• Metal ammo can with desiccant packets
  • Plastic ammo can with desiccant packets
  • Safe or storage room with dehumidifier

What to look for in an ammo can:

  • 0 inch longer and 0.5 inches wider than needed for the specific ammo being stored
  • Water-resistant
  • Durable enough design to handle the weight of what you intend to store in it
  • Handle and latches also capable of withstanding the weight of ammo
  • Consistent style, rather than various types, for easier stacking
  • Rubber gasket on lid for a better seal
  • Portability (ammo is heavy; be sure they won’t be too heavy to transport)

How Many Magazines Do I Need?

Magazines are necessary to run your guns, and they’re the first failure point when something goes wrong. Due to that reality, it’s wise to have more than a couple magazines for the firearms you use all the time. Ideally, have at least six magazines per gun, and grow from there. Try to avoid buying new magazines and throwing them in a box without trying them out. It’s best to catch magazine failures before the moment your life depends on them working.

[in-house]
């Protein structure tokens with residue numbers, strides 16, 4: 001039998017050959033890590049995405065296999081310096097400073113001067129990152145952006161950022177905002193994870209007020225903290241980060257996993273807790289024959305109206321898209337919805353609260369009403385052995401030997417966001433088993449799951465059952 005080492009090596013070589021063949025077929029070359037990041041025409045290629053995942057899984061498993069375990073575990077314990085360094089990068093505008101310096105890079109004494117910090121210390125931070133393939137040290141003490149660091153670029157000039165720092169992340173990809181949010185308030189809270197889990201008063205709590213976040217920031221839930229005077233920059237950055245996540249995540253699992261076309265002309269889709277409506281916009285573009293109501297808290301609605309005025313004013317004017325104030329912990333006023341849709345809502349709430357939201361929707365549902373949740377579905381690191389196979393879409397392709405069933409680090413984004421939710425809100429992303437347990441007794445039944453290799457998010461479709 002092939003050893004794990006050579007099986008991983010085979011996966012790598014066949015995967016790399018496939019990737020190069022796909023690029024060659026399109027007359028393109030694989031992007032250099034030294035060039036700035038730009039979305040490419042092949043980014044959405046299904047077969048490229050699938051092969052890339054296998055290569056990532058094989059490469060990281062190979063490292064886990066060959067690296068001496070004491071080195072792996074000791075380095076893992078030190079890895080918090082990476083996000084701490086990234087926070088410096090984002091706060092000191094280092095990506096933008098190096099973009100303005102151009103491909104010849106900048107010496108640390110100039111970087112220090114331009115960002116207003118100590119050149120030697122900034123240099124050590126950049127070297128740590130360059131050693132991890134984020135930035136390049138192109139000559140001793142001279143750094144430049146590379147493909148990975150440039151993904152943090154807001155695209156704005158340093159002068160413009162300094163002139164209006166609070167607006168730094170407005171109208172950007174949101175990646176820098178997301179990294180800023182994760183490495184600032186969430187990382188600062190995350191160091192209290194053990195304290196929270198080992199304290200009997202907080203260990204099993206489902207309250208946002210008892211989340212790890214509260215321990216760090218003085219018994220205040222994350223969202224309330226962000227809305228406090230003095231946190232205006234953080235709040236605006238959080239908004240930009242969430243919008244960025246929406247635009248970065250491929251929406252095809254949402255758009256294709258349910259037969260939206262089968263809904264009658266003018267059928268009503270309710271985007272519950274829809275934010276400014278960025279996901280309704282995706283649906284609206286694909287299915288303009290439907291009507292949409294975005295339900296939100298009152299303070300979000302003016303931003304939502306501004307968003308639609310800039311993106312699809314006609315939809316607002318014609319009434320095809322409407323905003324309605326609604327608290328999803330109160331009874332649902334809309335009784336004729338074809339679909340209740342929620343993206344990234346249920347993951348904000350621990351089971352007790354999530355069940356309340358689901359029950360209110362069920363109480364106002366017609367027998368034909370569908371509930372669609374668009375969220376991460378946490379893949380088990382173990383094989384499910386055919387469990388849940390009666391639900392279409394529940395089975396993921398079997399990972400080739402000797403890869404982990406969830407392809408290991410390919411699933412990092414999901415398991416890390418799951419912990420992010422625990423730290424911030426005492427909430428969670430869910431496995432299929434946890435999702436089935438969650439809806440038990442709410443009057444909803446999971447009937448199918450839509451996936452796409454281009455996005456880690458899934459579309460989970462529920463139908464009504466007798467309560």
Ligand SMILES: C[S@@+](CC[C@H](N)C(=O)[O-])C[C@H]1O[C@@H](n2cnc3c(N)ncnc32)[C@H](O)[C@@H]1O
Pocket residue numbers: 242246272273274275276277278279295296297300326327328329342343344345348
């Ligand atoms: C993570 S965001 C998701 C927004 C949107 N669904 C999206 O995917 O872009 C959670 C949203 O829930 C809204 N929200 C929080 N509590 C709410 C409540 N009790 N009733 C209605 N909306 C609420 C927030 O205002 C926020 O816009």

Bottom Line: How Much Ammo Do I Need?

A good starting point is to have 500 rounds, 200 of which should be defensive ammo, for each regular-use handgun. This isn’t the end goal, it’s where you start, meaning you should plan to build your ammunition reserves into the thousands.

AR-15s being used for defensive purposes require a larger store than handguns. Try to keep at least 2,000 rounds on hand for your AR-15, and if that is your TEOTWAWKI gun, make half defensive rounds.

If you use your AR-15 for hunting, you’ll need to increase the stockpile to account for that use. Separate hunting rifles will need a minimum of 500 rounds each. Remember, you need to zero your scope using your chosen hunting load, get some practice in, and hunt more than once.

Shotguns depend on what you’re using them for. Your personal-defense shotgun will need at least 250 shotshells on hand, but if you use it for hunting, it’ll depend on what you’re after. For example, doves and ducks require far more ammo than hog or deer hunting. A hunter can burn through 100 or more shotshells in one day dove hunting. Plan accordingly.

These are all a great place to start your ammo stash, but it isn’t the end by any means. Having enough ammunition readily available for training, practice, hunting, and defensive use is much simpler than being forced to go to the store every time you want to shoot. And when there are significant ammo shortages, you may not find any at all—or if you do, you’ll end up limited to two boxes. That’s an especially bad position to be in from a defensive perspective, but it’s also not good when it’s hunting season and you have no ammo at home and there’s none in the stores. Life as a responsible firearm owner is easier when your gun room shelves are well-stocked.